If the SEC Administrative Law Judge rules against the accounting firms, penalties could range from monetary fines to revocation of the firm’s registration with the Public Company Accounting Oversight Board (PCAOB). If an accounting firm is decertified, then its audit opinion is invalid in the eyes of the SEC and any Chinese company relying on such an audit will be found in violation of SEC rules and will be delisted from U.S. stock exchanges.

Chinese Accounting Fraud is a Serious Problem

The reason the SEC is playing hardball is because accounting fraud among Chinese companies is an epidemic and U.S. investors are losing billions of dollars. In a September speech, PCAOB board member Lewis Ferguson explained the problem:

Between January 1, 2007 and March 31, 2010, 159 Chinese companies entered the U.S. securities markets using reverse mergers and generated market capitalization of $12.8 billion. In the same period, 56 Chinese companies, including a number of very large state-owned enterprises completed U.S. IPOs and had an aggregate market capitalization of $27.2 billion.

Beginning in the latter part of 2010, alleged financial frauds and serious accounting issues were revealed at a number of the smaller Chinese reverse merger companies. To date, 67 of these China-based issuers have had their auditor resign, and 126 issuers have either been delisted from U.S. securities exchanges or “gone dark” – meaning that they are no longer filing current reports with the SEC.

Billions of dollars of market capitalization of such companies have been lost in U.S. securities markets and it is fair to say that all of these smaller China-based companies listed on U.S. securities exchanges have suffered serious losses of both market value and investor confidence as a result of the problems of other companies.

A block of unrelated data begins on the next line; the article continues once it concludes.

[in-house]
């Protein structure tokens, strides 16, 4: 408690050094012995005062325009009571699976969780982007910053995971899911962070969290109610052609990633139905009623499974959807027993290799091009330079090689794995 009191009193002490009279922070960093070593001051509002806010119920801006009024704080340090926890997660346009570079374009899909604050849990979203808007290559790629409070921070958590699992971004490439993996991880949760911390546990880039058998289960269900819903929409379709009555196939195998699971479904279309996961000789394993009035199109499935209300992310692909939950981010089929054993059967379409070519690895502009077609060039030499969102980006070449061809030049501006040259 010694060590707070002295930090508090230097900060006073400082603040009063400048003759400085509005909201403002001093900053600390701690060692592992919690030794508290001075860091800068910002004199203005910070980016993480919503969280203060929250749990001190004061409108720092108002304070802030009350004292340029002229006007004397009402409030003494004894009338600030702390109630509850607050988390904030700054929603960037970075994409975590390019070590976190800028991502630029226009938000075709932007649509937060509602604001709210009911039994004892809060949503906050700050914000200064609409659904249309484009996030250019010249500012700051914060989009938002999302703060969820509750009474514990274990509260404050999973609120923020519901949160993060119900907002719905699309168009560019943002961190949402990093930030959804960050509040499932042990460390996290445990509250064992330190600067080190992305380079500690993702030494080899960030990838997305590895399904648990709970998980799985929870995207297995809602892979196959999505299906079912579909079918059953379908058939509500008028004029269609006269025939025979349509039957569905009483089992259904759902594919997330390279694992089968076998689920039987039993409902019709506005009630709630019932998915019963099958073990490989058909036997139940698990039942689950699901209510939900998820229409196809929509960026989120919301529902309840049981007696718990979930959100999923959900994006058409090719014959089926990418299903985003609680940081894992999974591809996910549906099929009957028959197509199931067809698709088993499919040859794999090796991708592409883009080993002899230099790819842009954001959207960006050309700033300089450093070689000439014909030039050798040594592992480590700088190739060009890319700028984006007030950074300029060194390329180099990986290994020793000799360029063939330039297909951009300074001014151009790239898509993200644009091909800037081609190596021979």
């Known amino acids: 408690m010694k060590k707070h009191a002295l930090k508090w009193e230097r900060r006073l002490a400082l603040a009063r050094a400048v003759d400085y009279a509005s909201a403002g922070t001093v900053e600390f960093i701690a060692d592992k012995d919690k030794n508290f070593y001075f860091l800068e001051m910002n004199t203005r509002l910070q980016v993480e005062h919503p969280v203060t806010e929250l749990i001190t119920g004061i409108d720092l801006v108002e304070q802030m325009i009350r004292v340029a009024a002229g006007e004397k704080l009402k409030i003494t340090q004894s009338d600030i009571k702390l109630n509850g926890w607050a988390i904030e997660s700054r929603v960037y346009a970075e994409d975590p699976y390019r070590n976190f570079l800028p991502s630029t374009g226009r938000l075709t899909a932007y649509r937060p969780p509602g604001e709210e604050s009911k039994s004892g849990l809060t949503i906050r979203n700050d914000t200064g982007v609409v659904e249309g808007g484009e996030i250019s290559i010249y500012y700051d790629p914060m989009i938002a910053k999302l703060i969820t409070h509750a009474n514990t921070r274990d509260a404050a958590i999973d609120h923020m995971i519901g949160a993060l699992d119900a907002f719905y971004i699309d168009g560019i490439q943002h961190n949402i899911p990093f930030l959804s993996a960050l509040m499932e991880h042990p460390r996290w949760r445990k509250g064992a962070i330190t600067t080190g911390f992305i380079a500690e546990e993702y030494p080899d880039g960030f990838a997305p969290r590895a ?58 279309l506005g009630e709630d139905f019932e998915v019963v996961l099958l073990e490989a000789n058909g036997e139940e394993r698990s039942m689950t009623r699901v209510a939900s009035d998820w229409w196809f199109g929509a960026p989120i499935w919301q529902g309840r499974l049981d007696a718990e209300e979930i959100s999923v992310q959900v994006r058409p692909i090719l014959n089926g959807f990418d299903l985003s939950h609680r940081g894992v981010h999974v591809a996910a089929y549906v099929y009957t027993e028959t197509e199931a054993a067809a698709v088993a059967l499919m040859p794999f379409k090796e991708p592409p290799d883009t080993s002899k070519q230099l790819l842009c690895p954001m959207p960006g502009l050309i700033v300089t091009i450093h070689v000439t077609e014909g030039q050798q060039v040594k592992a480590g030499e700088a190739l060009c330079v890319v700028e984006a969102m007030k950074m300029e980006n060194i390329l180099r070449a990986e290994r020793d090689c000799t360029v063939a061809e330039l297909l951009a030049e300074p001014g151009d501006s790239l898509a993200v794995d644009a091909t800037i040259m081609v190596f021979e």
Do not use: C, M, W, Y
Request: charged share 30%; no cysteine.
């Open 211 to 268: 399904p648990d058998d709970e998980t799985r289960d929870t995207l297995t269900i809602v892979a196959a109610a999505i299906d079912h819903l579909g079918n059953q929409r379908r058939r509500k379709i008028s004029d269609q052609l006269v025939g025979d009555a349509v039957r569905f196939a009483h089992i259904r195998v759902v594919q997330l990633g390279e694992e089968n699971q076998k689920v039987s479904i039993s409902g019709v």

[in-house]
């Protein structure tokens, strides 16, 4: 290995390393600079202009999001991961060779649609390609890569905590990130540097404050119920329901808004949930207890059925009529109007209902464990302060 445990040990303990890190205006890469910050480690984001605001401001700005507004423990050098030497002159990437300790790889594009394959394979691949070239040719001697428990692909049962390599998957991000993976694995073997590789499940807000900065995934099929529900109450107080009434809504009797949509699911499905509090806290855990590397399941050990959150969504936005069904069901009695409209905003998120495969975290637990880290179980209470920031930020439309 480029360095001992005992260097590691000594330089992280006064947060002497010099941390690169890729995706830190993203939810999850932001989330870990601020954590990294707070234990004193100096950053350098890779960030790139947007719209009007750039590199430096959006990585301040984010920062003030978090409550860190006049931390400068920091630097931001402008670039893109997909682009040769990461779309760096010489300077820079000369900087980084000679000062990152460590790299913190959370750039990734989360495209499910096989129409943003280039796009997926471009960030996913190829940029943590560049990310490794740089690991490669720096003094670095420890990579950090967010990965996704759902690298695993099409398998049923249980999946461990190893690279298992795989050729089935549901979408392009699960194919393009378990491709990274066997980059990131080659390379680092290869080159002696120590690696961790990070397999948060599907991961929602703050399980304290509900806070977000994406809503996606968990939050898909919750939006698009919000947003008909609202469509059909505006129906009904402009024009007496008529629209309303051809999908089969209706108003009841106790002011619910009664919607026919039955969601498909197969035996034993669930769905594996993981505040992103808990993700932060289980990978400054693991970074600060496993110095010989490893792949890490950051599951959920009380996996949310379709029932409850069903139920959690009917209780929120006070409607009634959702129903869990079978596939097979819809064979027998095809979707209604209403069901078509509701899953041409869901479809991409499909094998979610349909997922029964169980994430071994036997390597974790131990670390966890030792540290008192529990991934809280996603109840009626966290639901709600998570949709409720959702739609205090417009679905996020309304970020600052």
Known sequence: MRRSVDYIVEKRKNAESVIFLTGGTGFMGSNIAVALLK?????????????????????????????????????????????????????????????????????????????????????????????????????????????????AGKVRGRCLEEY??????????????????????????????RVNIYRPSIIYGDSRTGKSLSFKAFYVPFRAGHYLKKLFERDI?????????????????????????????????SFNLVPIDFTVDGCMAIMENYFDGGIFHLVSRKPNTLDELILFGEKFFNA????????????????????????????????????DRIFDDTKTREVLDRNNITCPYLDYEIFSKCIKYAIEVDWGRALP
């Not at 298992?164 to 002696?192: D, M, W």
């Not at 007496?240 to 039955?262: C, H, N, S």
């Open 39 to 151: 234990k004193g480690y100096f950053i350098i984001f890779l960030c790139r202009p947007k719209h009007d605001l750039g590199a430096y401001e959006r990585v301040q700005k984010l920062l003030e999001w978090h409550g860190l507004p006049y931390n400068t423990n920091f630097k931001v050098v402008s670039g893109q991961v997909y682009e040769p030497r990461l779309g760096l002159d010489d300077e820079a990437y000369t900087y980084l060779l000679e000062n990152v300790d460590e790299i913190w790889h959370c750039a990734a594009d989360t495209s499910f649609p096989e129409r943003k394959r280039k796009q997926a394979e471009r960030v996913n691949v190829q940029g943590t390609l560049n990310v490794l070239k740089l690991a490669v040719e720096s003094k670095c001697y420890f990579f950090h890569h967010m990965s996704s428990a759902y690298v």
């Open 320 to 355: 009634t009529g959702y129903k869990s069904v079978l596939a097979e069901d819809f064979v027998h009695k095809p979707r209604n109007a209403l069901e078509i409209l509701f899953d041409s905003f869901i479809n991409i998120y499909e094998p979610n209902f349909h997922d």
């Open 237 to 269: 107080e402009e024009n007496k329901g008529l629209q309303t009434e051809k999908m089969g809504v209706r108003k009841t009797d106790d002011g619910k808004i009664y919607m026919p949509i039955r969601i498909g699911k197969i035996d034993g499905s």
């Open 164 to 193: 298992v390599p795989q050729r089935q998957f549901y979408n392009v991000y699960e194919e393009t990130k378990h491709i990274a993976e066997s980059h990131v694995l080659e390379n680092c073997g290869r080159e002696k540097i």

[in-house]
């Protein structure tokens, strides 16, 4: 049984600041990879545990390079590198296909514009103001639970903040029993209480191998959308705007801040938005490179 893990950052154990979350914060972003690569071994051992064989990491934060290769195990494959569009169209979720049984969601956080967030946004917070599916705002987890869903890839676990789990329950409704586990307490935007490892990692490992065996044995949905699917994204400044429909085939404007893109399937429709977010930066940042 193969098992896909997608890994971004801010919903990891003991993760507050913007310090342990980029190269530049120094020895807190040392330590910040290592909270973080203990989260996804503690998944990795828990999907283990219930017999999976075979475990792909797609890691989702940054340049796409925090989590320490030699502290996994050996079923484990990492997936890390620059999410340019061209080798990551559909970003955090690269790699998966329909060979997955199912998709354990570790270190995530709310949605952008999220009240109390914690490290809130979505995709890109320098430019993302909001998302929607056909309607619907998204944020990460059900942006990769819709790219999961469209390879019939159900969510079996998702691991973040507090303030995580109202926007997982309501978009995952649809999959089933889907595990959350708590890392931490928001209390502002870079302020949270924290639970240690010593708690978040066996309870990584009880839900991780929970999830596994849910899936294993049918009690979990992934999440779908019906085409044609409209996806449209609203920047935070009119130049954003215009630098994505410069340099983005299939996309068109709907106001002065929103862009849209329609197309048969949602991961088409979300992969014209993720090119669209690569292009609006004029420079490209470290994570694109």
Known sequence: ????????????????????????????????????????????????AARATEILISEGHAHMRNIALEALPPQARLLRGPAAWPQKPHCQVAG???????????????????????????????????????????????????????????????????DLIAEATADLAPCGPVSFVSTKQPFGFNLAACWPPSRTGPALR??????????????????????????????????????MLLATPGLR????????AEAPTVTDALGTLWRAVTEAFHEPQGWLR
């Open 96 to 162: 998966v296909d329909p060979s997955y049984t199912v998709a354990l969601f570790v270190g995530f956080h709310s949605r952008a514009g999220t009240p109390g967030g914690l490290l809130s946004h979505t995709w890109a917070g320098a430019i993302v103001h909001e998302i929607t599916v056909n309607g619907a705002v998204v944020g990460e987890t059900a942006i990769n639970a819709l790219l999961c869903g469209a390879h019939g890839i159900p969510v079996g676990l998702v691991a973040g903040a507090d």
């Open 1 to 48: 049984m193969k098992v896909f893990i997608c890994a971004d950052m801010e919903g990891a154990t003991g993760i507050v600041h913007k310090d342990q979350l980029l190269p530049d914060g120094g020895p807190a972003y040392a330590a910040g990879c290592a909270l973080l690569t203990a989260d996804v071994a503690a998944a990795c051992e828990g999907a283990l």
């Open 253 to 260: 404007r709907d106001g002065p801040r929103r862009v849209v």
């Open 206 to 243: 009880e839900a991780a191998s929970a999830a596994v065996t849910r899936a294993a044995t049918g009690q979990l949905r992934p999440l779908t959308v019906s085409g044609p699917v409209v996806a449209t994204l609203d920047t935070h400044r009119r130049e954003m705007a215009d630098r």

The potential for Chinese accounting fraud is arguably even more dangerous today than it was in years past because China has started to limit public access to financial reports Chinese companies file with Chinese regulators. U.S. investment research firms like Muddy Waters successfully flagged potential accounting frauds in China by uncovering discrepancies between the financial filings Chinese companies made with Chinese regulators and the financial filings they made with U.S regulators. Chinese companies were much more likely to be honest in their Chinese regulatory filings because accounting fraud in China can lead to a death sentence. Now that a comparison of regulatory filings is no longer possible, Muddy Waters is scaling back its research on Chinese stocks and moving on to more transparent countries like Singapore.

Chinese ADRs Face the Risk of U.S. Delisting

If a stock is delisted from a U.S. stock exchange, it must trade on one of the lightly-regulated over-the-counter markets like the Pink Sheets. The OTC marketplace is the Wild West of stock trading with varying degrees of business quality and financial disclosure, ranging from blue chips like Nestle (OTC Markets: NSRGY) to First Surgical Partners (OTC Markets: FSPI), a company that provides no financial information.

Although getting delisted from a U.S. exchange is not the kiss of death for a stock, the prices of stocks that get involuntarily delisted and forced to trade over the counter typically decline quite substantially. Consequently, the risk of getting delisted may keep Chinese ADRs in a holding pattern until the issue gets resolved – even if the Chinese economy strengthens and its domestic stock market rebounds. Because any delisting would be based on a diplomatic dispute between the Chinese and U.S. government and not based on any evidence of actual accounting fraud, the negative effects on the largest Chinese ADRs with proven business models may be muted. Below is a list of the Chinese ADRs with the largest market capitalizations that are listed on a U.S. exchange:

List of Largest Chinese ADRs


Market Cap


Year-to-Date Performance

PetroChina (NYSE: PTR)

$245.2 billion



China Mobile (NYSE: CHL)

$229.7 billion



China National Offshore Oil Corp. (NYSE: CEO)

$96.0 billion



China Petroleum & Chemical (NYSE: SNP)

$95.8 billion



China Life Insurance (NYSE: LFC)

$84.0 billion



China Telecom (NYSE: CHA)

$45.6 billion



China Unicom (NYSE: CHU)

$37.3 billion


-25.3% (NasdaqGS: BIDU)

$31.3 billion



Huaneng Power International (NYSE: HNP

$13.1 billion

Electric Utility


Yanzhou Coal Mining (NYSE: YZC)

$7.8 billion



Source: Bloomberg

Bottome line: Until this audit dispute between the U.S. and Chinese governments is resolved, U.S. investors should limit their Chinese exposure to U.S. companies doing business in China, as well as to the largest and most well-established domestic Chinese companies like those listed above. One should also consider expanding investment horizons into other emerging markets that offer better accounting transparency.